By Adam Jones
“A groundbreaking work… original and probing. Jones has done an excellent job of chronicling and analyzing the fascinating series of events that took place at Barricada.”
Kent Norsworthy, author of Nicaragua: A Country Guide
Throughout the 1980s, Barricada, the official daily newspaper of the ruling Sandinista Front, played the standard role of a party organ, seeking the mobilize the Nicaraguan public to support the revolutionary agenda. Beyond the Barricades, however, reveals a story that is both more intriguing and much more complex. Even during this period of sweeping transformation and outside military siege, another, more professional agenda also motivated Barricada’s journalists and editors.
When the Sandinistas unexpectedly fell from power in the 1990 elections, Barricada gained a substantial degree of autonomy that allowed it to explore a more balanced and nuanced journalism “in the national interest.” This new orientation, however, ran afoul of more orthodox party leaders, who gradually gained the upper hand in the bitter internal struggle that wracked the Sandinista Front in the early 1990s. The paper closed its doors in January 1998.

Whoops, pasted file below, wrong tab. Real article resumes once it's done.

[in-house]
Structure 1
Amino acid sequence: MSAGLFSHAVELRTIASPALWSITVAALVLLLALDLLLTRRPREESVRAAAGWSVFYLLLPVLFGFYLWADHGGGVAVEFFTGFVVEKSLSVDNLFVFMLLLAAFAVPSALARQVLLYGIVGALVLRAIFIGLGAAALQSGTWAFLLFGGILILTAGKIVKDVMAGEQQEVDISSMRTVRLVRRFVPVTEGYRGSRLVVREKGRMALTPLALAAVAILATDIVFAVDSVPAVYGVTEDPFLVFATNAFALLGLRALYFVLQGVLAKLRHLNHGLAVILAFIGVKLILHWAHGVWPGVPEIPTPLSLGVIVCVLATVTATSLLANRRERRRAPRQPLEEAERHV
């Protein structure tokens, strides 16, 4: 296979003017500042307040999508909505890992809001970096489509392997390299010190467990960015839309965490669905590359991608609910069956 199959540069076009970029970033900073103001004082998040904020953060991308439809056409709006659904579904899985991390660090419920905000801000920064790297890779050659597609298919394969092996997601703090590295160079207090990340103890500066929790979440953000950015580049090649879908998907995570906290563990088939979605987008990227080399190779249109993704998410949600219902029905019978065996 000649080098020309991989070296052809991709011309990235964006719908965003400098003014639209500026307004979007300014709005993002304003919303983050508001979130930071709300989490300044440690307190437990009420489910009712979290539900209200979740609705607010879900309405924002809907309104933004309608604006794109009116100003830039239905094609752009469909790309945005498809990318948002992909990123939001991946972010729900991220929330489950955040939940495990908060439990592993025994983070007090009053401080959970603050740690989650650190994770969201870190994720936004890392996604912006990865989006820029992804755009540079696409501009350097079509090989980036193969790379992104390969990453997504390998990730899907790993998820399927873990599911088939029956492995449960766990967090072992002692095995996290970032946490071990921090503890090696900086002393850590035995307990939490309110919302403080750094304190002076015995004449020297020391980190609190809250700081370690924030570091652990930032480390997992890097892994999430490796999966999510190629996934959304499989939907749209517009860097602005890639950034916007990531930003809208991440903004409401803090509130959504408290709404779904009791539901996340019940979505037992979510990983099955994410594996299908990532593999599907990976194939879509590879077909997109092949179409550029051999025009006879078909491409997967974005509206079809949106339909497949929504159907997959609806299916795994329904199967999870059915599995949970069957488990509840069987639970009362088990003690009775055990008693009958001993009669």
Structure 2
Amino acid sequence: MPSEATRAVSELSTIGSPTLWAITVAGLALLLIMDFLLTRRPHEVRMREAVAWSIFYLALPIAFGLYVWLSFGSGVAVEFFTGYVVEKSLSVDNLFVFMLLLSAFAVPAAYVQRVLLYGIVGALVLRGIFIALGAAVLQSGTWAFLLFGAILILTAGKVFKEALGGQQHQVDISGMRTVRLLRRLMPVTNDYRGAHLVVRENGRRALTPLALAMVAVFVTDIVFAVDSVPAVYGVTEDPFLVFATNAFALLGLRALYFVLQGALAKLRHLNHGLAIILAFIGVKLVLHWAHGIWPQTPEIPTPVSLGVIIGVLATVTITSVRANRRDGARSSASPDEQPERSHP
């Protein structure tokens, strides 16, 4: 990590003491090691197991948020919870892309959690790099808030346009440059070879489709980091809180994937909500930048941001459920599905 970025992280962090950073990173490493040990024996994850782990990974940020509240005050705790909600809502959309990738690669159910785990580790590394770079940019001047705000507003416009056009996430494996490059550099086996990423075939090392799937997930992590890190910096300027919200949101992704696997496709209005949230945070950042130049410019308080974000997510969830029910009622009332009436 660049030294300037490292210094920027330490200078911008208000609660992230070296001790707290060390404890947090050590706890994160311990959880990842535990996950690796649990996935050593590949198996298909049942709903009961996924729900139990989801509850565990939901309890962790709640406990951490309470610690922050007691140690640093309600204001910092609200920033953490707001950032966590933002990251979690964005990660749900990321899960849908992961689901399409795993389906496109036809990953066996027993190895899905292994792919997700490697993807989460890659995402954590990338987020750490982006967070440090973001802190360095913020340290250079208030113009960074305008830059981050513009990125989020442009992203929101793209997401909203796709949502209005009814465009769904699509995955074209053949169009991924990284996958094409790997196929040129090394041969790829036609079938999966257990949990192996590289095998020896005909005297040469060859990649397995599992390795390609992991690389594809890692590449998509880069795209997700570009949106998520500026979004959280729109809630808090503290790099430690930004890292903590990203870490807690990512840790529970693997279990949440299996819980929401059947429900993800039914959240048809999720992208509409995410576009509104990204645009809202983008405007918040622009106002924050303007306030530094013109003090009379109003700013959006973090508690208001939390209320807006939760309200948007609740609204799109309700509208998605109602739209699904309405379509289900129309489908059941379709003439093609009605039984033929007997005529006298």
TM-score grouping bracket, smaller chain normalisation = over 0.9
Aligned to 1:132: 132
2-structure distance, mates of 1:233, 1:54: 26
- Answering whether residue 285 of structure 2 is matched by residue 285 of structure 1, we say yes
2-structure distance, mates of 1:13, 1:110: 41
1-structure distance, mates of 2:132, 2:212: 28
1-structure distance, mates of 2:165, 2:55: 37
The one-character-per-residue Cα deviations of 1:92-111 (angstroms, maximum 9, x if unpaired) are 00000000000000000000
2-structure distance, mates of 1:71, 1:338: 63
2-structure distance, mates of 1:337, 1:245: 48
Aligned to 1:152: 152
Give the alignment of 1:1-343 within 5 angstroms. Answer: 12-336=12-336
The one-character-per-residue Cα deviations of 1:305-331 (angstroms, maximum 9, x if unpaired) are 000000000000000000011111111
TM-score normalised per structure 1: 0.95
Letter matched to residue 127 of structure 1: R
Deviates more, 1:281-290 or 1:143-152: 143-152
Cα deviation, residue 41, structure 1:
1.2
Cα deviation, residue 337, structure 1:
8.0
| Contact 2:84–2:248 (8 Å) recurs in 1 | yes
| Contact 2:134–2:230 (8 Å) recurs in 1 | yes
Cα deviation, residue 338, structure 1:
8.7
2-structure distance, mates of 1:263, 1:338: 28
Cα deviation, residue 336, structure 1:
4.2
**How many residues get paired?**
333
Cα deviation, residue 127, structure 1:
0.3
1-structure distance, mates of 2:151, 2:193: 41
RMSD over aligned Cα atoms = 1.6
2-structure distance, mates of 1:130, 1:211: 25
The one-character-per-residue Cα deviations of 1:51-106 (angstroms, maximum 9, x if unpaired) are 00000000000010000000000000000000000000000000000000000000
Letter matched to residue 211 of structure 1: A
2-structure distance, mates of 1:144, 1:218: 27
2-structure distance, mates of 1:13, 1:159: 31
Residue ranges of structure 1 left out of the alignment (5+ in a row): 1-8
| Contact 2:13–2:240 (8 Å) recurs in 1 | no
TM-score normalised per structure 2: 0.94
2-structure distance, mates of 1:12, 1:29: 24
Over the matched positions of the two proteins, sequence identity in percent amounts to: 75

Adam Jones’s outstanding study offers an unprecedented behin-the-scenes looks at Barricada’s two decades of evolution and dissolution. It also presents an intimate portrait of a key revolutionary institution and the memorable individuals who were a part of it.
Adam Jones is a professor of international studies at the Center for Research and Teaching in Economics in Mexico City. He is the author of The Press in Transition: A Comparative Study of Nicaraqua, South Africa, Jordan, and Russia. More info →
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Business and Economics · Public Policy · Sandinistas · 20th century · Americas · Central America · Nicaragua · International Studies · Latin American Studies · Political Science · Latin American History · History · Labor History
Taking power in Nicaragua in 1979 as a revolutionary party, the Sandinista National Liberation Front (FSLN) was willing to put its fate in the hands of the Nicaraguan people twice, in 1984 and 1990. The party wrote a democratic constitution and then, remarkably, accepted the decision of the majority by relinquishing power upon its defeat in the 1990 election.